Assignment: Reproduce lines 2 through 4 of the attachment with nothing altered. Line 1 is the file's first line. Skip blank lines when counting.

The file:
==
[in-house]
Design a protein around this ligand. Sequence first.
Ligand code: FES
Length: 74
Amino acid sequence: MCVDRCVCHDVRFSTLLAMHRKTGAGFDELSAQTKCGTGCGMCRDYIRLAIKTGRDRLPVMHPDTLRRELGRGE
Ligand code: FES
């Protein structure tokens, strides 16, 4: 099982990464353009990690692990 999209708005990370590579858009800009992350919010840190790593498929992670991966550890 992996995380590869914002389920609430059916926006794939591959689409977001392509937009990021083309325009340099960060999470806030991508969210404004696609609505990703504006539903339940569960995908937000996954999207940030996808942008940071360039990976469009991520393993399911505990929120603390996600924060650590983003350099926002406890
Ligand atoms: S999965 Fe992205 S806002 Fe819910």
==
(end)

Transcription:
Design a protein around this ligand. Sequence first.
Ligand code: FES
Length: 74